Introduction Diet, lifestyle and disease patterns vary greatly from one part of China to another. Data on the prevalence and patterns of alcohol consumption in different parts of China are limited.
Methods Self-reported questionnaire data from the Kadoorie Biobank Study were used to describe the prevalence and patterns of alcohol consumption in 510 000 men and women aged 30–79 years, recruited during 2004–2008 from 10 geographically diverse urban and rural areas of China.
Results 76% of men and 35% of women were current alcohol drinkers, with 33% of men and 2% of women drinking at least weekly. In men, the prevalence of weekly drinking varied by sevenfold between areas (from 7% to 51%, age-adjusted), and was highest at age 40–49 years, among those with no formal education, and among regular smokers and tea-drinkers. Among weekly drinkers, the estimated median consumption was 244 g/week in men and 68 g/week in women. Most alcohol consumption involved strong spirits, although this varied somewhat by area and there was a trend towards increased beer consumption among younger people. In male drinkers, 37% (12% of all men) reported regular binge drinking (ie, >60 g alcohol in one session), and the prevalence was highest in younger men. Most drinkers (86%) usually drank with meals, and a fifth reported flushing/dizziness after drinking.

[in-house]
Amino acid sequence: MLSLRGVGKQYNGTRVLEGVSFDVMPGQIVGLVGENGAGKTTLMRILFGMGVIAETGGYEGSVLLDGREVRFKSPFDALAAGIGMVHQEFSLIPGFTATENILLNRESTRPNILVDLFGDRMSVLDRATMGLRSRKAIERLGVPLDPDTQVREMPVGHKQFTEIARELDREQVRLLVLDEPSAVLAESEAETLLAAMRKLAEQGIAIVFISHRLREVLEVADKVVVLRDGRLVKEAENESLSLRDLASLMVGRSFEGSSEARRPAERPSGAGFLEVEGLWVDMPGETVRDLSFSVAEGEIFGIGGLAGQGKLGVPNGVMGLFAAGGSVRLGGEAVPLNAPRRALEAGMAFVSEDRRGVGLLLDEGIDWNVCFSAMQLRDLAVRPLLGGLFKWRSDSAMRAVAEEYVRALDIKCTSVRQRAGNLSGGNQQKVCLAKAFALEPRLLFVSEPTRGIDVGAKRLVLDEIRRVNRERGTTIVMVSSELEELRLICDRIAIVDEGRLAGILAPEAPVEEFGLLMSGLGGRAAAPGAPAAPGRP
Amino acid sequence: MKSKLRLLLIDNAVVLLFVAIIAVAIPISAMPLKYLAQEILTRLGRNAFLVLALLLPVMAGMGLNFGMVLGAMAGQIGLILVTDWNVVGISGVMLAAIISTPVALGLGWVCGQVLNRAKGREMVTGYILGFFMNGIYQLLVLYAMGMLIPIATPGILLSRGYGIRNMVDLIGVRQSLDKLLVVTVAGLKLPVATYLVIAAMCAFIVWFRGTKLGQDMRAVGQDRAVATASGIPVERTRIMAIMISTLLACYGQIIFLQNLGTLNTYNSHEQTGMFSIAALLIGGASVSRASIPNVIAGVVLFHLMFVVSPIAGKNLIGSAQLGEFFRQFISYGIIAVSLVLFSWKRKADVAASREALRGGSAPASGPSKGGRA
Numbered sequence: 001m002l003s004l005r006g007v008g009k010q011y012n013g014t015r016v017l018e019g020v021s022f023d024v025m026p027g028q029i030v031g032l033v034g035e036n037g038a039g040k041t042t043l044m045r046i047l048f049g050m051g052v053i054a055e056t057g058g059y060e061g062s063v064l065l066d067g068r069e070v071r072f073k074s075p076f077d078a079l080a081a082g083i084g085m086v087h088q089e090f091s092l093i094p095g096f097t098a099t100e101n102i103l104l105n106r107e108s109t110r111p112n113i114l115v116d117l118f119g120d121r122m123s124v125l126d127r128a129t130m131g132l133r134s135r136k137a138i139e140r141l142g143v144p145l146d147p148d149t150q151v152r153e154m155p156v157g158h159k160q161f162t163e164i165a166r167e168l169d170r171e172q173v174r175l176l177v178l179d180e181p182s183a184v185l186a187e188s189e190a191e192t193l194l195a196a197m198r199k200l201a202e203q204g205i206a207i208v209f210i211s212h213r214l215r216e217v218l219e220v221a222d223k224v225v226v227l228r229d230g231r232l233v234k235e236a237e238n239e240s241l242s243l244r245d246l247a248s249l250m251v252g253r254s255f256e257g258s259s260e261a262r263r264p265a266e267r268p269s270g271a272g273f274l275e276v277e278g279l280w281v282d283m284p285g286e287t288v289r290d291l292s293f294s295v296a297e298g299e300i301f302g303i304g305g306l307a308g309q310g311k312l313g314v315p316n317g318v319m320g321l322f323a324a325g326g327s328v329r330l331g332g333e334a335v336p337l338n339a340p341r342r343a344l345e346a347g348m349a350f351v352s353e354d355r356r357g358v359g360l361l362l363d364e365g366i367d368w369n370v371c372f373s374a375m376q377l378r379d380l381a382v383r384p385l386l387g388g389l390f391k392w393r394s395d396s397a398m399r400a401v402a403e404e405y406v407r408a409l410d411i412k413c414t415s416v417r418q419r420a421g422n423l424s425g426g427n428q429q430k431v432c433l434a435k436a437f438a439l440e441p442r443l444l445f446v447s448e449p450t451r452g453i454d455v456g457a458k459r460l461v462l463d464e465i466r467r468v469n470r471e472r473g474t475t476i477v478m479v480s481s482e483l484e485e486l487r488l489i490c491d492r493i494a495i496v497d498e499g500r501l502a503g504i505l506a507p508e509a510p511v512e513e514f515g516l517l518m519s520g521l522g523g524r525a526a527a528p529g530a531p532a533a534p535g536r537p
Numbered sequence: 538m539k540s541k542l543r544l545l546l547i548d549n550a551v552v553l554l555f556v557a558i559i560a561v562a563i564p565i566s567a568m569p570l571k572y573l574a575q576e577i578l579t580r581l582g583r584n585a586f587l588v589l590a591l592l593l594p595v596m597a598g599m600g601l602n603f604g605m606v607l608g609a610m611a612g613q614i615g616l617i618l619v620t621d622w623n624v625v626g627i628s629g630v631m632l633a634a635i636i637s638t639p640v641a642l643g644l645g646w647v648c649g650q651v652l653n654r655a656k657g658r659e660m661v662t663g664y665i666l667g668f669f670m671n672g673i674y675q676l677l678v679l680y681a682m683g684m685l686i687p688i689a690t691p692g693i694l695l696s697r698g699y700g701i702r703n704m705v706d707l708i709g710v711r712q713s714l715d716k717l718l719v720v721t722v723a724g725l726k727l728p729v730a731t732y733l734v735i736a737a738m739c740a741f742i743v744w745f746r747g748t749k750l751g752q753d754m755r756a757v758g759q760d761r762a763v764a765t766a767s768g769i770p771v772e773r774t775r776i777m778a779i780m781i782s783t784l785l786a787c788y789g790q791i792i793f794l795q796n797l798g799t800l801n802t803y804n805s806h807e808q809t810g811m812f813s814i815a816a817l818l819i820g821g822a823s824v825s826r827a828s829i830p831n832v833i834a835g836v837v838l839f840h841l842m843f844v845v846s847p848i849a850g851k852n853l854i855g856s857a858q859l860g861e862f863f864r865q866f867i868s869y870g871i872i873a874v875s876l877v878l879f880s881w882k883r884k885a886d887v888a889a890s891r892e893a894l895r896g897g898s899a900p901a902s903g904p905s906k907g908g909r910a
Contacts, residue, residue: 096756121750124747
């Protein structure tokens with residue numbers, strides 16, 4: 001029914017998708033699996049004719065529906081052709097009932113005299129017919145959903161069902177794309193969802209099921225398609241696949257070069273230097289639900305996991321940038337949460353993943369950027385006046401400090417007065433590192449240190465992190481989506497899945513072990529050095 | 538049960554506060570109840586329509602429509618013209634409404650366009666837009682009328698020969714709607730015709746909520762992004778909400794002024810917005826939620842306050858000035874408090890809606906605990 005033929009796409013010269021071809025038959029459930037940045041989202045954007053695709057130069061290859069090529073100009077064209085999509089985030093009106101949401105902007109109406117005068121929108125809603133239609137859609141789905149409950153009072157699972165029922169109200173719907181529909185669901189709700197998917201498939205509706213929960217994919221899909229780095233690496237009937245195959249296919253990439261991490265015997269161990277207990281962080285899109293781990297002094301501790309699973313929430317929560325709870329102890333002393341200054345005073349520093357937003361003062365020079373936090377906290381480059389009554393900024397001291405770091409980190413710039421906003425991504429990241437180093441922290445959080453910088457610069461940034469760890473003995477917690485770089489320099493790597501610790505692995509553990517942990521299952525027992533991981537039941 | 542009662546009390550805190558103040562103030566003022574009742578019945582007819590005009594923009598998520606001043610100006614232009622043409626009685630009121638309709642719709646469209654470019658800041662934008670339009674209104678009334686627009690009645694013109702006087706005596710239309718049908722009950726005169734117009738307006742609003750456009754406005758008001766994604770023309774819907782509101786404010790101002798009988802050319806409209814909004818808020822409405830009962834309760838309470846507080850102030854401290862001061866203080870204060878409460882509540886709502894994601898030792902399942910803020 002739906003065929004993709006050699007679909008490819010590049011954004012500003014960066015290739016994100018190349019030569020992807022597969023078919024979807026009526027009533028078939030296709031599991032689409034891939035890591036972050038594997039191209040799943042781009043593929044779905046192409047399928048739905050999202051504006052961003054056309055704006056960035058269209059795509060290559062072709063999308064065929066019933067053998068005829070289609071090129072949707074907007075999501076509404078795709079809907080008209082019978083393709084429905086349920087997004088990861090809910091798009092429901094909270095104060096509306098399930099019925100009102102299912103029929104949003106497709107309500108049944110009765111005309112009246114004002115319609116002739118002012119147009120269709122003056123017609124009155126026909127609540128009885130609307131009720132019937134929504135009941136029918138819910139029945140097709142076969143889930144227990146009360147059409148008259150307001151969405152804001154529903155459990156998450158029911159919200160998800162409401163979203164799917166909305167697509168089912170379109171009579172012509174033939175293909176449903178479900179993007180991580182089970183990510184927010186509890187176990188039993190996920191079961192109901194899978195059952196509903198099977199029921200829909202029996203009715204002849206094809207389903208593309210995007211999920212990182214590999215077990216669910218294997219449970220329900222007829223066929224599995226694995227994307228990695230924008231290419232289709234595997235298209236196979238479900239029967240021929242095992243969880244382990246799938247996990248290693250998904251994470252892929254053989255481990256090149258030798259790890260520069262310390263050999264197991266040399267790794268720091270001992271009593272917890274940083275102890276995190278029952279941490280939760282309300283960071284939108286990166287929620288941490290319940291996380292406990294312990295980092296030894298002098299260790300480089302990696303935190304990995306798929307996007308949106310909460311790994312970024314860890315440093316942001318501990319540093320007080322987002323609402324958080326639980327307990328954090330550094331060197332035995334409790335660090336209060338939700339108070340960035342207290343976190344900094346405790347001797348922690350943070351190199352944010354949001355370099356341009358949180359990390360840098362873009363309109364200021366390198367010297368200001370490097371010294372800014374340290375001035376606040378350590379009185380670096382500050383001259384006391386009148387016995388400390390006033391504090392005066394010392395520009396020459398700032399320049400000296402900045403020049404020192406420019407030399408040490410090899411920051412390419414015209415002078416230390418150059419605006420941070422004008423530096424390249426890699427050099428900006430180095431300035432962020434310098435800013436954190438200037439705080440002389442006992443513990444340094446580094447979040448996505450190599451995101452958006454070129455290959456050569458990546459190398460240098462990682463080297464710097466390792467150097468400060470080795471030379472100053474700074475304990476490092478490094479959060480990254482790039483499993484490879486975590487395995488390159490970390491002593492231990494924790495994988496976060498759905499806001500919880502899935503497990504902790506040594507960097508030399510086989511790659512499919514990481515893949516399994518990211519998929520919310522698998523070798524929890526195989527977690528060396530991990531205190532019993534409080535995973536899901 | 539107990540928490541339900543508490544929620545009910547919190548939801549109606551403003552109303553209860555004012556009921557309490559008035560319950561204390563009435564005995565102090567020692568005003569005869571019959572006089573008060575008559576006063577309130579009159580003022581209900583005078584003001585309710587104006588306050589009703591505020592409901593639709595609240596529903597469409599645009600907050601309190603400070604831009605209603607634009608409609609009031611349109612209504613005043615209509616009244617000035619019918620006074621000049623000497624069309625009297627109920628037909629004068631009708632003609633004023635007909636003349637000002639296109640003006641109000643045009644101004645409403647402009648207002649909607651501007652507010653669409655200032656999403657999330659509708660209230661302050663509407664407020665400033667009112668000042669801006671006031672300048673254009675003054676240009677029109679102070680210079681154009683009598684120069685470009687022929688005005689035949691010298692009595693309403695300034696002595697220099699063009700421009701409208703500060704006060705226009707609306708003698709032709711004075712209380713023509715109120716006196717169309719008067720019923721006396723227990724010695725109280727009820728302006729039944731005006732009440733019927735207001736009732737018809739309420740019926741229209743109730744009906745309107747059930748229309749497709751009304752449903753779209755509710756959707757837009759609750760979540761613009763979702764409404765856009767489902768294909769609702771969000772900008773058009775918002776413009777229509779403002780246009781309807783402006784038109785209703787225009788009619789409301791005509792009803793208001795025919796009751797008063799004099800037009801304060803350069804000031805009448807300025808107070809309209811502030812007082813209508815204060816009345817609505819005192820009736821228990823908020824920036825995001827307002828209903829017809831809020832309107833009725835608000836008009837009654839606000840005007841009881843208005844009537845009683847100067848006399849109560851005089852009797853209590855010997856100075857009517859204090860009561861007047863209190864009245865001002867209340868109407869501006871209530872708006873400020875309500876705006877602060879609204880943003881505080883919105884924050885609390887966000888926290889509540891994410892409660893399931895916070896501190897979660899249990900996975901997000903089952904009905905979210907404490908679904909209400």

Conclusion The prevalence and pattern of drinking in China show strong regional and socio-demographic variation. The health-related effects of alcohol consumption among study participants are now being monitored.
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